CPL policy exclusions vary widely in number and scope from one form to the next. However, some exclusions present greater coverage concerns than others. Some of the more troublesome exclusions can sometimes be modified or deleted by endorsement. Where they cannot, contractors need to understand the limitations of their coverage and have contingency plans for how these risks will be funded.
In the soft market of the 1990s, a few insurers occasionally would delete this exclusion, but such willingness seems to have evaporated in the current market. Nevertheless, contractors should request that the exclusion be modified to provide coverage for liability they would have in the absence of such warranties or guarantees. This prevents the insurer from applying the exclusion when negligence can be established.
Most second-generation CPL forms have addressed this problem by either removing the exclusion altogether or removing the phrase "occupied by or in the care, custody or control" of the insured contractor. Alternatively, some policies may merely provide an exception to the exclusion for a "construction site occupied by the insured." Contractors should closely examine these provisions and request the appropriate modifications to clarify that coverage applies in such situations. Insurers should be willing to accommodate this request.
Some CPL policies preserve coverage for liability assumed in "insured contracts." The definition of insured contracts varies from one CPL policy to another, but in no instance is it as broad as it is in the CGL. A sample definition of "insured contract" is provided in Figure 1. Note that, unlike in the CGL policy, this definition does not allow for the indemnification of another for that party's sole negligence. But as long as the contractor does not agree to a broad-form indemnification agreement, this limitation does not represent a big problem.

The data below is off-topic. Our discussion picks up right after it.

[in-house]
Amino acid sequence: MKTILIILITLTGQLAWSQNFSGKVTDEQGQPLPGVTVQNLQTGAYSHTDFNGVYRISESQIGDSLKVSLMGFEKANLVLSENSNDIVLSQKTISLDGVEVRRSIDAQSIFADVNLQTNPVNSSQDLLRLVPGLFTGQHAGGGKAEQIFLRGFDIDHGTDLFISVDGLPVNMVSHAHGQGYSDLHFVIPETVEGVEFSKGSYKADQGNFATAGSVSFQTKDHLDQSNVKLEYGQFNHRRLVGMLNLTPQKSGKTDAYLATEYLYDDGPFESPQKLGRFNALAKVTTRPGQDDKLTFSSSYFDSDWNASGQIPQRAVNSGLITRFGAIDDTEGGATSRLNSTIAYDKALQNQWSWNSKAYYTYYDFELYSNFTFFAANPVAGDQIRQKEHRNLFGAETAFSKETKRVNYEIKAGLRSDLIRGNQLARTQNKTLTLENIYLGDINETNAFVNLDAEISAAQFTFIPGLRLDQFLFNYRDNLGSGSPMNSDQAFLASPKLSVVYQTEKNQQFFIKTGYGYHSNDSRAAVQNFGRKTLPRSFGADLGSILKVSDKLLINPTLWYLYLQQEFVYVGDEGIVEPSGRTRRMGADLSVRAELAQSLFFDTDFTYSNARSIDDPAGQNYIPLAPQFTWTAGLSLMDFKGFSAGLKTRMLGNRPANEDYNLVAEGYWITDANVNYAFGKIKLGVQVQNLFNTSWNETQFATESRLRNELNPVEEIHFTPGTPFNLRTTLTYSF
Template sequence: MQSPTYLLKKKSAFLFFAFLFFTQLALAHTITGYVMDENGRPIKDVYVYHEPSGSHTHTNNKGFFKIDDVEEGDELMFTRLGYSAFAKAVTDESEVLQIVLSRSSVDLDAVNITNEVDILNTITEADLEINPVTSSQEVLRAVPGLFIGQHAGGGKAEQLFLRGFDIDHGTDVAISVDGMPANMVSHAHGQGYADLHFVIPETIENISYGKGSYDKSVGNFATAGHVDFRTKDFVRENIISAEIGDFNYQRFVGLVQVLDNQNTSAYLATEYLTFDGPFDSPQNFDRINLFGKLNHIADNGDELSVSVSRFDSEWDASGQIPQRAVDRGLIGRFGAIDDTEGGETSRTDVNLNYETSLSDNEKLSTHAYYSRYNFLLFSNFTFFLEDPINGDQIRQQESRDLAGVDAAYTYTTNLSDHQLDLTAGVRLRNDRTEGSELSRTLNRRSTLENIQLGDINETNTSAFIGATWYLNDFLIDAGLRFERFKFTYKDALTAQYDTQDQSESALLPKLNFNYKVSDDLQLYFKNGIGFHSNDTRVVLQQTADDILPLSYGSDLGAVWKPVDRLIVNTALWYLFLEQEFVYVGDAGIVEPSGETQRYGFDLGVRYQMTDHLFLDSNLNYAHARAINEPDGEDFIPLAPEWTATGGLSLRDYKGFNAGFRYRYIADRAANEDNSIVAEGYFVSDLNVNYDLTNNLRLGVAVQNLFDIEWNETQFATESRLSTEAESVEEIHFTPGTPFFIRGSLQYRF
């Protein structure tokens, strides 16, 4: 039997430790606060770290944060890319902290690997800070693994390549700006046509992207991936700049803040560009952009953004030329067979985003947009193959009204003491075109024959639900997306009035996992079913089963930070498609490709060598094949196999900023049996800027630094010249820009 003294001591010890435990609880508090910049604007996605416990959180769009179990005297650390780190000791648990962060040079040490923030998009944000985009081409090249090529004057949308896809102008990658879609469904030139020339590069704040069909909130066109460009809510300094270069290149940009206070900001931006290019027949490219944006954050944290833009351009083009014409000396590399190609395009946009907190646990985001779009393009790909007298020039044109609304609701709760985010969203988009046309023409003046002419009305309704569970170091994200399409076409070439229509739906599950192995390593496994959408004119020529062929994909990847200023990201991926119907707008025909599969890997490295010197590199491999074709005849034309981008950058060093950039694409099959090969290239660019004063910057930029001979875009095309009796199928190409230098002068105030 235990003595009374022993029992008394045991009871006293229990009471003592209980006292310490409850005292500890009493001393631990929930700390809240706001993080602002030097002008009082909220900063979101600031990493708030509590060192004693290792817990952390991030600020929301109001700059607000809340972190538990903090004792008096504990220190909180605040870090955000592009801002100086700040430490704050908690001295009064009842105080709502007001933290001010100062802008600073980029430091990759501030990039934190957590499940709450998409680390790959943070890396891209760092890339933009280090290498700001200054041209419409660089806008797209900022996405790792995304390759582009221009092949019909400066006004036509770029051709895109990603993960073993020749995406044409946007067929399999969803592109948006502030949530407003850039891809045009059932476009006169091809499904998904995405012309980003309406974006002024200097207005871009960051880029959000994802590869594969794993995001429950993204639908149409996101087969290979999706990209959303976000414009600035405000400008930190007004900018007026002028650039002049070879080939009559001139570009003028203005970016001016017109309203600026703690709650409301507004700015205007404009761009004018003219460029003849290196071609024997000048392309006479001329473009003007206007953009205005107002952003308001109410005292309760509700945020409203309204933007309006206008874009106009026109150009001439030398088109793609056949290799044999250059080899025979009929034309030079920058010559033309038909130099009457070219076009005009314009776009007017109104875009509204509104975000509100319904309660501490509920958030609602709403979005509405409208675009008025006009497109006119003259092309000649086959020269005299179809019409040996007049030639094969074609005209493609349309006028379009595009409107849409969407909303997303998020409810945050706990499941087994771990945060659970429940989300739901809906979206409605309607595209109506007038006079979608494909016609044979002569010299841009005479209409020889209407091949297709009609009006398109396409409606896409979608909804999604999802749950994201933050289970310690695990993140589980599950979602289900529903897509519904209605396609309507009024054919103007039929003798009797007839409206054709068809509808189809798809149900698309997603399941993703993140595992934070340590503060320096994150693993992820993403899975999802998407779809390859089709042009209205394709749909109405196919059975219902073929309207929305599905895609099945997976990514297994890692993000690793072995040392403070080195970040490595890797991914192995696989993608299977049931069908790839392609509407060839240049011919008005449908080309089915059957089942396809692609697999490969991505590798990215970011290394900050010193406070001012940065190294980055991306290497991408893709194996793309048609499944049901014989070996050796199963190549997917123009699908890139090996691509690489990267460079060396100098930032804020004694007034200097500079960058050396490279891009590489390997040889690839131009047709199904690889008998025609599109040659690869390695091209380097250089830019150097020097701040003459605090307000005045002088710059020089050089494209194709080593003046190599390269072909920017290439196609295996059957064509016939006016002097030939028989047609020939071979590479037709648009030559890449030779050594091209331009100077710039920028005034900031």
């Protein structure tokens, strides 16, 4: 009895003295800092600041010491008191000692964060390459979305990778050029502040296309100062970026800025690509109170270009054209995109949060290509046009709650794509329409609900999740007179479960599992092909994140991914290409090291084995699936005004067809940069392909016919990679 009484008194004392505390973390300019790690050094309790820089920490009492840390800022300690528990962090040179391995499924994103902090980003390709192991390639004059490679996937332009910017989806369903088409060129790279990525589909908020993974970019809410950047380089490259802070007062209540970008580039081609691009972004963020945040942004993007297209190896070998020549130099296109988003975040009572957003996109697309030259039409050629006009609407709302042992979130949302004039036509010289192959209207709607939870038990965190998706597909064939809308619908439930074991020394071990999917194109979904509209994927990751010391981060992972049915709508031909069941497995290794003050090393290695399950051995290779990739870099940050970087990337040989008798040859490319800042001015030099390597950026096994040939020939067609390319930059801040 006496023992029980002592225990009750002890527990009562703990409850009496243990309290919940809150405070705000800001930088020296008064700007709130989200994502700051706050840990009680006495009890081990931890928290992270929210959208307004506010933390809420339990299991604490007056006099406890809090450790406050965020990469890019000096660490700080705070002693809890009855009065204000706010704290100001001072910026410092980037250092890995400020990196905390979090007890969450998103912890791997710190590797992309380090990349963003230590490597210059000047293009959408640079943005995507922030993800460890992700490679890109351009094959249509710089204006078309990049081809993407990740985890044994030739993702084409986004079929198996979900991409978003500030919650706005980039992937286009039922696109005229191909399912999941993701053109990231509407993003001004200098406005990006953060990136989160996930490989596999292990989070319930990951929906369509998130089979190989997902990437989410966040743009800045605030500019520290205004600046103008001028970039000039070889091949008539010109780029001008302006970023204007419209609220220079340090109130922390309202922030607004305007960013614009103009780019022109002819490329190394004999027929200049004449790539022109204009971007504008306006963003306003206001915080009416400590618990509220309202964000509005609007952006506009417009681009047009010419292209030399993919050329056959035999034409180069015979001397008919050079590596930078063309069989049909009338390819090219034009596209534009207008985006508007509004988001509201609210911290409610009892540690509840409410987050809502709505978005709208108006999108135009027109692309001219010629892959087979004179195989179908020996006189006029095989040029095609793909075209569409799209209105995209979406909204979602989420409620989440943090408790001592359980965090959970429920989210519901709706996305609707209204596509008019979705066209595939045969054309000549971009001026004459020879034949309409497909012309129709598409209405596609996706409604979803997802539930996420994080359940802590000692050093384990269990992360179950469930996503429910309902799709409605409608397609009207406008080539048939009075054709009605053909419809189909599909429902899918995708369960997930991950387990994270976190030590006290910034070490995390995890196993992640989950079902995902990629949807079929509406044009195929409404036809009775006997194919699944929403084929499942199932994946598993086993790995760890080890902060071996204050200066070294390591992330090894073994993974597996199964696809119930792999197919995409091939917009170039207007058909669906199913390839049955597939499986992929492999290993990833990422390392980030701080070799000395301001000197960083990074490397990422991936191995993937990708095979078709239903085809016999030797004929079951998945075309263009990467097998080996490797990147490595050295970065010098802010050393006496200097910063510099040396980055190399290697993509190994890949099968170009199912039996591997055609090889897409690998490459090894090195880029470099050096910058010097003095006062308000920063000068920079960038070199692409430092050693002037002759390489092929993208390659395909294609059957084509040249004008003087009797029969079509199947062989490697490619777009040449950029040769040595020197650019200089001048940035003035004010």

Some CPL insurers may be willing to provide expanded contractual liability coverage by endorsement on either a case-by-case or blanket basis. At a minimum, the exclusion should clarify that it does not apply to liability that would have existed in the absence of a contact. This prevents the insurer from denying coverage for liability arising from a contractor's negligence merely on the grounds that the contractor had agreed to be responsible for such negligence.
Waiver of Subrogation
Unlike most professional liability policies, CPL policies usually allow named insureds to waive their rights of recovery (and thus the insurer's right to subrogation) to some extent. A few contain blanket waiver of subrogation provisions that merely prohibit the insured from doing anything after a loss (or claim) to prejudice the insurer's rights of subrogation. By implication (and successfully tested in the courts), this type of provision does allow the insured to waive its right of recovery prior to a loss. More common, however, is a limited waiver of subrogation provision in which the insurer agrees not to pursue its rights of subrogation against specific parties - typically, the named insured's clients and/or subcontractors - if the named insured has agreed to waive such rights prior to loss. (Although the term "client" is not defined in the policy, presumably it would mean anyone with whom the insured contracted to provide covered services.) A sample waiver of subrogation provision is presented in Figure 2. Note that this provision does not allow the insured contractor to waive subrogation rights against a design professional, whether the design professional is a client or a subcontractor, without the insurer's written consent.